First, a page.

Despite the passing of a couple of centuries, the Highland Clearances is still an emotive subject guaranteed to raise the hackles of anybody who knows anything about it, highlanders and southerners alike. The story is simple and well known: how evil and greedy landlords forcefully evicted thousands of poor working folk from their homes to make way for more profitable sheep farms, often accompanied by violence, extreme hardship and even death, especially at the hands of cruel Patrick Sellar, a sub-factor in Sutherland.
Having read several excellent books and knowing the area of Sutherland, I knew the story pretty well. Or so I thought until I was lent a copy of Richards' excellent book! Of those I have come across, this is the first to get under the skin of the subject, to go beyond the emotional melodrama and anger that naturally informs most writing on the Clearances. Richards presents us with a lengthy and well balanced insight into the origins of, and reasons for, the decisions taken by Highland landlords in the 18th and 19th centuries. It is a story far more complex than the simple tale of woe outlined above.
Whilst never shying from acknowledged social implications of these events, Richards strips away the accumulated mythology to present and assess hard facts of what actually happened across the whole of the Highlands. He shows there were many types of removals other than the oft remembered violence encountered in Strathnaver and the lot of highland folk was far from cosy: the hills were overcrowded and unprofitable, famine and disease a constant accompaniment to subsistence living. Clearly there were rogues, but some benevolent landlords actively sought to support these people, either by improving their conditions or by assisting them to relocate.
Nobody denies an underlying chase for increased profits, but many clearances were undertaken fairly humanely on the one side and with dignity on the other. Indeed, Richards makes the point that in England the plight of tenants and labourers could sometimes be worse as landlords sought to improve yields while reducing costs. Highland Clearances are thus seen in a wider context of increased mechanisation, larger farm units, enclosure of common lands and industrialization.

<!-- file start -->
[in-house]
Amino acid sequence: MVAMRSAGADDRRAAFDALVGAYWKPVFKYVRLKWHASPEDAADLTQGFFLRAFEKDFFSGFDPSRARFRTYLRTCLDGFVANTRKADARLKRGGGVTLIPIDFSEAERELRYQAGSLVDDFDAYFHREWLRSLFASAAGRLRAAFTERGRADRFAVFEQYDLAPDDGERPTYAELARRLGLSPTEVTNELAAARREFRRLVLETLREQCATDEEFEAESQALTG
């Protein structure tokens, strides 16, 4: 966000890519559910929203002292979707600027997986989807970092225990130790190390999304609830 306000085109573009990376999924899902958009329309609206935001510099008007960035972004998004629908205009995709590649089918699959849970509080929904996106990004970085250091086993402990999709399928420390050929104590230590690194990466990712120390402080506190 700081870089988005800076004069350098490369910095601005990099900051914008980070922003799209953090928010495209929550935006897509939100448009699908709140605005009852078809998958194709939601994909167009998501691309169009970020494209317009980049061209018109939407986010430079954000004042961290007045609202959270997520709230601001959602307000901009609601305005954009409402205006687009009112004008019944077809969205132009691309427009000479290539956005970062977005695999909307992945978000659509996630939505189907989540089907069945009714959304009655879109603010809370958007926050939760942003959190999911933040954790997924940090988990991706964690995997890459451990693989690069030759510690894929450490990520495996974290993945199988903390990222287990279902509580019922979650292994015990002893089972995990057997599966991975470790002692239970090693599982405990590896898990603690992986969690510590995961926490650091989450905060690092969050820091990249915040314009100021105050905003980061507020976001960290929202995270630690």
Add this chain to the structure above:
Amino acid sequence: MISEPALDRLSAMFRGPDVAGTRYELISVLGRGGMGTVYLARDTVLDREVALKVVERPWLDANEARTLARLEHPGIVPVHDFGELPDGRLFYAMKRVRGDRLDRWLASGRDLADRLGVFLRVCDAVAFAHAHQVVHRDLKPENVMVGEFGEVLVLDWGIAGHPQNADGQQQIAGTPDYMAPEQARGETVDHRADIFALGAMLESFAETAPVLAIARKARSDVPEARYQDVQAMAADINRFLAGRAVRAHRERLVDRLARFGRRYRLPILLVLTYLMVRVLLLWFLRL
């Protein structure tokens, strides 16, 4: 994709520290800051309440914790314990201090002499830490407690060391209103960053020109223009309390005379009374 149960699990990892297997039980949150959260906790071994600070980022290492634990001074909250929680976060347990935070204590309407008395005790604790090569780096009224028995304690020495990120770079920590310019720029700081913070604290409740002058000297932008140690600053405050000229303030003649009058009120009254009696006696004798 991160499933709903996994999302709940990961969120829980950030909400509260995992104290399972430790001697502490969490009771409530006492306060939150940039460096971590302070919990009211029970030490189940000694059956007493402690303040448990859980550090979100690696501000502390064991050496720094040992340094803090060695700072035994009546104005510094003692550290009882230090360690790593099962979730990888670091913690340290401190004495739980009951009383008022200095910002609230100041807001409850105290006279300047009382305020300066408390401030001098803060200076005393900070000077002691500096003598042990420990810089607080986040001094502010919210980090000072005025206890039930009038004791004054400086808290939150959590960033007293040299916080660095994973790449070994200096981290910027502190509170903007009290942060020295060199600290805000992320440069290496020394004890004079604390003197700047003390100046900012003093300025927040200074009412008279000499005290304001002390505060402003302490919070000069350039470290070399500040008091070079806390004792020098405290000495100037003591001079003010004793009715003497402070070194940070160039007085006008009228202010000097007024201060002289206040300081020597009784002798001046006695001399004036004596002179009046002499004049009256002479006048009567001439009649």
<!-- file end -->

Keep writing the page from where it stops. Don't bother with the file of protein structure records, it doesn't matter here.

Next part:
It is said that history is made by the winners and this is true here. Generally, the common people do not have a voice, their plight and state of mind is known or imagined only from a few contemporary newspaper reports, or sporadically gleaned from other sources, but mostly they are anonymous figures in estate records. This is the enduring image of the Clearances: of humble and downtrodden refugees, on the point of starvation with few belongings, meekly accepting their fate as behind them their homes are torn down or burnt to make way for sheep pens. Sadly, we seldom get to know what they were thinking or what became of them as they simply disappear from records.
Richards' account is absolutely authoritative and probably definitive. It effortlessly explodes myths and preconceptions as it explores every aspect imaginable whilst never losing sight of the great hardships endured or difficult decisions faced on all sides. There are other authors who continue to fuel our rightful sense of passion and outrage of this infamous episode, but I heartily recommend Richards to readers who wish to get a little closer to the `whole truth'.